For the latest NBA news plus analysis from Jack McCallum, go to


COLOR PHOTO: PHOTOGRAPH BY BOB ROSATO PIVOTAL San Antonio wants to put the ball in Duncan's hands as often as possible so that he can either score from the post or hit the open man.

COLOR PHOTO: JOHN W. MCDONOUGH HIGH STYLE Duncan defended deftly in the Western finals, disrupting the Mavericks without committing fouls.

COLOR PHOTO: PHOTOGRAPH BY MANNY MILLAN WHEN STARS COLLIDE The dishin' magician Kidd prevailed here in his first regular-season clash with Duncan, leading the Nets to a 91-82 November victory in New Jersey, but Duncan would score 21 points and grab 21 rebounds to lift the Spurs to a 92-78 win when they met again in San Antonio in March.






COLOR PHOTO: JOHN W. MCDONOUGH BRING IT HOME Duncan's superior skill should enable the Spurs to win their second title.

In a Finals packed with role players, the outcome hinges on the
two biggest names

An Eastern Conference scout sizes up what he calls "one of the
least talented Finals I can remember--each team has only one
superstar. We're down to Tim Duncan versus Jason Kidd, the best
players in each conference, with a lot of young role players
thrown in. Which of those stars proves to be more dominant will
determine who wins the championship." Here are the scout's views
on the head-to-head matchups of the starters.

Kidd gets him eight points a game on the fast break alone. In the
half-court Jefferson likes to drive for the dunk or take a
dribble or two and pull up. Look for Bowen, one of the most
physical defenders in the league, to crowd him. When Jefferson
drives, Bowen will back up to protect the basket, but he's quick
enough to still contest the jumper.

If 29 teams had their choice of Jefferson or Bowen, 28 would
choose Jefferson. But who has the advantage in this series? I
think Bowen's defense will negate Jefferson, who's a big part of
the Nets' offense. And Bowen led the league in
three-point-shooting percentage, which means Jefferson won't be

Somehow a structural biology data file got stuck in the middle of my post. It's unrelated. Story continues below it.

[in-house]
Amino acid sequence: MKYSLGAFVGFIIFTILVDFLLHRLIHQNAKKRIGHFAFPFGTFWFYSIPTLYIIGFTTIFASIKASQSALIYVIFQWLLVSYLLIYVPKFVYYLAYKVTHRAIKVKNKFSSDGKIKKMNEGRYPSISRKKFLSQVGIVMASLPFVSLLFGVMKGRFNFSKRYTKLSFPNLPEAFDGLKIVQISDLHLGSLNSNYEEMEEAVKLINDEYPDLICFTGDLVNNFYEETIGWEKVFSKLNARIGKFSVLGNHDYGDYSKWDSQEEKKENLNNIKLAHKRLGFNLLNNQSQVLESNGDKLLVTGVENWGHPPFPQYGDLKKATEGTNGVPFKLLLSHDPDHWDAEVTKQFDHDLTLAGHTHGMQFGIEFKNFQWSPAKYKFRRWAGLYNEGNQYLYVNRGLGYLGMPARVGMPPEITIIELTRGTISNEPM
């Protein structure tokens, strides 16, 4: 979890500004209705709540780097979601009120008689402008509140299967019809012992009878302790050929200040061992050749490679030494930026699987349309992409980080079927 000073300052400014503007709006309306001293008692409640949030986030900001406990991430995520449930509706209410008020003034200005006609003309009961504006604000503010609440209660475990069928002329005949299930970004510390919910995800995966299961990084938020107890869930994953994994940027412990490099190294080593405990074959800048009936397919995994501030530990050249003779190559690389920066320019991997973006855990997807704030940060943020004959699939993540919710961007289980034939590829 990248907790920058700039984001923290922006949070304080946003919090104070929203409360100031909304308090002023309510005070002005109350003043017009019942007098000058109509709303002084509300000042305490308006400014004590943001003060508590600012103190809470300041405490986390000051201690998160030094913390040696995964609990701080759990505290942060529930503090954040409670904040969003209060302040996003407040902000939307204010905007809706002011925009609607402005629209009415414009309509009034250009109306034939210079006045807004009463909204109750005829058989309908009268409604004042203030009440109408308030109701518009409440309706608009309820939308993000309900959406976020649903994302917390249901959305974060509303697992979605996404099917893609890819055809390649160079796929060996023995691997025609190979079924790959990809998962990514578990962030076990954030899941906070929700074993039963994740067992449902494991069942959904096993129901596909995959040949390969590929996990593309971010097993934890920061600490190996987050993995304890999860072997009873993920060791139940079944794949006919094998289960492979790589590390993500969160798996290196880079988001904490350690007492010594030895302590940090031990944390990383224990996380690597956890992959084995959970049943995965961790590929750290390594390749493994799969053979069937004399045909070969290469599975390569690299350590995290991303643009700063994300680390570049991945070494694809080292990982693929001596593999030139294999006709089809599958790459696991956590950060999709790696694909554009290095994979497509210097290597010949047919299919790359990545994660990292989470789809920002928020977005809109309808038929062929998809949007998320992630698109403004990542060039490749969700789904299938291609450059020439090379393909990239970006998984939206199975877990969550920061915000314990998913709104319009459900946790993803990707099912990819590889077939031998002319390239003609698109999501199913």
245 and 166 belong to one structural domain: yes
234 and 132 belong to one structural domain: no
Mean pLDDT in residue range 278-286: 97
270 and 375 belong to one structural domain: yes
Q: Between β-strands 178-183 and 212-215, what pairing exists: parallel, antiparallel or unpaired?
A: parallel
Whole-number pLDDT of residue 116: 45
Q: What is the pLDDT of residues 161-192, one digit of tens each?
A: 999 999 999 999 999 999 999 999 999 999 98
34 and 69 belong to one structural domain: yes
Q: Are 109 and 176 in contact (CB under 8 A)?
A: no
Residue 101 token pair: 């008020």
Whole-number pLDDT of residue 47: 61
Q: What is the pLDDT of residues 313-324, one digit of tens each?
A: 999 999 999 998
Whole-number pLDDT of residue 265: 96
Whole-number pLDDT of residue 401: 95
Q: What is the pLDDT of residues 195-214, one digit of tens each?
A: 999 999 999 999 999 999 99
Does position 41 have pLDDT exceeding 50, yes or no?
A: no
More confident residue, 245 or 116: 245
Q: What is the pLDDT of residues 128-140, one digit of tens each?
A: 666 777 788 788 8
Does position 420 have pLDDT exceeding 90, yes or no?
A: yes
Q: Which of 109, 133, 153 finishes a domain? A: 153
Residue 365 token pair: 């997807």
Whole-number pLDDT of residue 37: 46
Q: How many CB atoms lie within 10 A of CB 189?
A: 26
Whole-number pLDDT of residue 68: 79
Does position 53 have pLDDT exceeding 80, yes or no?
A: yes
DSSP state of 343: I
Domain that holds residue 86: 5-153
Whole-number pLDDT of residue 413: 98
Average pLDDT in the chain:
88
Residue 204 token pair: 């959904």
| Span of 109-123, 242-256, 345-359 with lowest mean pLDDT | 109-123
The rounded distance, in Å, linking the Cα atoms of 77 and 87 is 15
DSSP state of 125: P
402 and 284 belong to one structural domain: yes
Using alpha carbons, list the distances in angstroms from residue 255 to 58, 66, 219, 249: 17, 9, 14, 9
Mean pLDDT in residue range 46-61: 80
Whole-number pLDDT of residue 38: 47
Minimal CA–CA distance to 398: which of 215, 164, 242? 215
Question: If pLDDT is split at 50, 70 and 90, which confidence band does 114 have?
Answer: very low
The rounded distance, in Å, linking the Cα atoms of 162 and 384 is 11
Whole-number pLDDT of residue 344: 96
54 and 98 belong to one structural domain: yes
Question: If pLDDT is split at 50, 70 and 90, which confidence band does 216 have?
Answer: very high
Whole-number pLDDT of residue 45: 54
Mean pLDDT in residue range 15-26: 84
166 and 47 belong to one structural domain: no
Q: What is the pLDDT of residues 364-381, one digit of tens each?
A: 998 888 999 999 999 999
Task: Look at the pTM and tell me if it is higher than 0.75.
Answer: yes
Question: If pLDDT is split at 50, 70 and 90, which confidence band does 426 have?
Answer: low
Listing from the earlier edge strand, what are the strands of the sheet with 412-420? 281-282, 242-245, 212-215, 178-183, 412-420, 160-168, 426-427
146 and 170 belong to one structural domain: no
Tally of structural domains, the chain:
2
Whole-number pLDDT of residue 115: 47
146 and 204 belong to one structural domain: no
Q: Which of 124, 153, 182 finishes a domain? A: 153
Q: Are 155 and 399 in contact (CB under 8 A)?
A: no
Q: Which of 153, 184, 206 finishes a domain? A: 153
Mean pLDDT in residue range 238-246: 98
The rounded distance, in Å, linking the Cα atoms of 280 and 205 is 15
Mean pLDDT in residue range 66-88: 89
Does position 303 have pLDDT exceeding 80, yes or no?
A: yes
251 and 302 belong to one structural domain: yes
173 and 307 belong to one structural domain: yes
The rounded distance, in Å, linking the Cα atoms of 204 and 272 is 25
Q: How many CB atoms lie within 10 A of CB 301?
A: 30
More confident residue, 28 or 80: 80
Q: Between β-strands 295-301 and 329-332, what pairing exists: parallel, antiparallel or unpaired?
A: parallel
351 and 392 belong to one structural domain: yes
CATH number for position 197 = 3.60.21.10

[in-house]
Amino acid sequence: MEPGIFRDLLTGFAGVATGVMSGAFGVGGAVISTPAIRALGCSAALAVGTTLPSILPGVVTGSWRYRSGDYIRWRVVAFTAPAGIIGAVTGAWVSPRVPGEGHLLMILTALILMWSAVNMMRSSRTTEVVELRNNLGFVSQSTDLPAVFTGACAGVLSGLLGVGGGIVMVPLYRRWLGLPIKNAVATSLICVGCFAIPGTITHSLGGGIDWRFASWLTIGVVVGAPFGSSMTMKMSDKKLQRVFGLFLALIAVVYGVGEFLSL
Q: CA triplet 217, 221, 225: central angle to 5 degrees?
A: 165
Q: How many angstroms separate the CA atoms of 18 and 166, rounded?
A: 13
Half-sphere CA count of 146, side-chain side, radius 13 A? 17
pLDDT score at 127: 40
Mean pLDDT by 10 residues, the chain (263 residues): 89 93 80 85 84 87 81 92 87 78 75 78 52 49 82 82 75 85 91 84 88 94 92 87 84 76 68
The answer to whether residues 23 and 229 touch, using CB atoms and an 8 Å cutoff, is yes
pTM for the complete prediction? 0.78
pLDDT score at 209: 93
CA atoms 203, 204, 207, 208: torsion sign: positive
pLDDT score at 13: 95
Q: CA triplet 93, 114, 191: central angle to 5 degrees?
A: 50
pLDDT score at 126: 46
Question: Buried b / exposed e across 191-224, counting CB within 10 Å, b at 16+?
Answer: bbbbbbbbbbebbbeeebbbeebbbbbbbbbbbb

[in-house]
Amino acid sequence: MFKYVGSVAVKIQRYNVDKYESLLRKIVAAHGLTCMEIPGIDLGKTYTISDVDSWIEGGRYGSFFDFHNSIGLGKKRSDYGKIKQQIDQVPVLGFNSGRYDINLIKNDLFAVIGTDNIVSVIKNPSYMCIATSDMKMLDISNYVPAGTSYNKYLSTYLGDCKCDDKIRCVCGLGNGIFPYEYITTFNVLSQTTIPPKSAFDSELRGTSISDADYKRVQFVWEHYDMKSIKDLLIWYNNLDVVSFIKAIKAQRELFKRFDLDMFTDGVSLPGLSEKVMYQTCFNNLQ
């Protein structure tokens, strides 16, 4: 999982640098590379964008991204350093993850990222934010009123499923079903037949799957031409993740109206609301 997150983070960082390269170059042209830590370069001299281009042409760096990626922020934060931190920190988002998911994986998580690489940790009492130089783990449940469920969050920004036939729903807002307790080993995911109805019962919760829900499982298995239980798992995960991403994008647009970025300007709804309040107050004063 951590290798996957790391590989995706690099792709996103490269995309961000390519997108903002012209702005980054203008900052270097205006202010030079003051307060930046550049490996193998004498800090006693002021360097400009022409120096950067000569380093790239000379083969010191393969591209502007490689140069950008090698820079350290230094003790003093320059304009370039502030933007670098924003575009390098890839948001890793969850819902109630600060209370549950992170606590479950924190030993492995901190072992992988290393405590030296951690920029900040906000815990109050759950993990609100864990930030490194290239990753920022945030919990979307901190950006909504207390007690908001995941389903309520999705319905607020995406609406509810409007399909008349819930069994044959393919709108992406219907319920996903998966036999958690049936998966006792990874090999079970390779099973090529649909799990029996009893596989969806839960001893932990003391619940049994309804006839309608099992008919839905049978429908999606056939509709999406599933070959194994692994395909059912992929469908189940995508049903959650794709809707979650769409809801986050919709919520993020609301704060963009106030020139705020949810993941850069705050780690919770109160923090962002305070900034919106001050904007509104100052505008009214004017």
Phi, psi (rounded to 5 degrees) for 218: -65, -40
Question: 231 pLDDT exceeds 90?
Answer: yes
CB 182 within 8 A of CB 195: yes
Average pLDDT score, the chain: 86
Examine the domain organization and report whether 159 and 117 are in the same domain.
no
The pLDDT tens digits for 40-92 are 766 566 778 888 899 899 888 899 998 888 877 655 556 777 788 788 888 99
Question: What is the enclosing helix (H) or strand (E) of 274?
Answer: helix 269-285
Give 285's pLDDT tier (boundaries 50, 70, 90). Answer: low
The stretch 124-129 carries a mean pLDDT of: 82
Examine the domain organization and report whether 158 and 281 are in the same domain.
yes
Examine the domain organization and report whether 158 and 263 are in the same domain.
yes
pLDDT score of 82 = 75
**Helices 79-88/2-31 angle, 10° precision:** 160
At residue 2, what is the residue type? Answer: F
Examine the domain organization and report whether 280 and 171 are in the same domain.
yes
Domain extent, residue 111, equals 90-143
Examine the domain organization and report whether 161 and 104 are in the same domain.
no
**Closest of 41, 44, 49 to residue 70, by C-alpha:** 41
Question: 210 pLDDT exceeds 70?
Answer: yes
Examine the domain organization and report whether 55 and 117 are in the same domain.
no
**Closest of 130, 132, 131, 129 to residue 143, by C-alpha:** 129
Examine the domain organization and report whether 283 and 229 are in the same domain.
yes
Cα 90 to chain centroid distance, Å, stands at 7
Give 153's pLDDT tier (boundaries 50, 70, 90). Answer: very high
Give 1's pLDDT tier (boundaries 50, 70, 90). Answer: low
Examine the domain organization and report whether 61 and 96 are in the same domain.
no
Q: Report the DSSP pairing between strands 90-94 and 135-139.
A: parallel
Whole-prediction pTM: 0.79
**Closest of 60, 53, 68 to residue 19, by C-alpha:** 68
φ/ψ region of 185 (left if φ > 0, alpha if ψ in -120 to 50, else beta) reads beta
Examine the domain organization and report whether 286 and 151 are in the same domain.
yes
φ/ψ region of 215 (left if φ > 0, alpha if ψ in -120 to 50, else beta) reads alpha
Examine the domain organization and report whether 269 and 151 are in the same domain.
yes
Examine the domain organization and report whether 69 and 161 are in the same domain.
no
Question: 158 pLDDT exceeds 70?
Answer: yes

able to leave him to help out on Duncan.


Martin has had an excellent postseason, but that's about to end.
There's no way--no way--he can guard Duncan, who can shoot over
him or punish him on the low block. I give Martin credit for
wanting the challenge of covering him, but it's too much. I don't
see Martin hurting Duncan at the other end either, except when
the Nets are out on the break.

People are right to talk about how much Kidd helps his teammates,
but you can say the same about Duncan. When he's doubled or
tripled, he makes the smart pass for an open jumper. That's given
the other Spurs a lot of confidence and has allowed the team to
be better than the sum of its parts. Whether he's at the four or
the five, he's the focus of everything they do.


Collins is the Nets' fifth option; if he gives them six to 10
points, that's a huge lift. Yet the Spurs have to keep an eye on
him because he can hit the jumper from the elbow and he's so
active on the boards. He's been effective on the offensive glass
because he's much bigger than the centers in the East--but he
won't be able to rebound over Robinson.

At 37 he isn't very active. How effective he is has a lot less to
do with his opponent than with how much energy he has in his
legs, so having almost a week off before the Finals should help
him. If he scores on a put-back or two early on, that could mean
he has enough in the tank for a 14-to 20-point game. Otherwise,
it'll be one of those nights he looks his age.


He's the Nets' best outside shooter, the main guy you have to
pick up in transition because he can kill you with spot-up
threes. In every game there's a short stretch when they run him
off screens to establish his jump shot and force the defense to
pay attention to him. That gives them balance, stretches out the
defense and helps open things up.

The Nets didn't re-sign Jackson in 2001, and I imagine he'll be
juiced up to play against them. The biggest difference in his
game since he's come to the Spurs is that he's improved his shot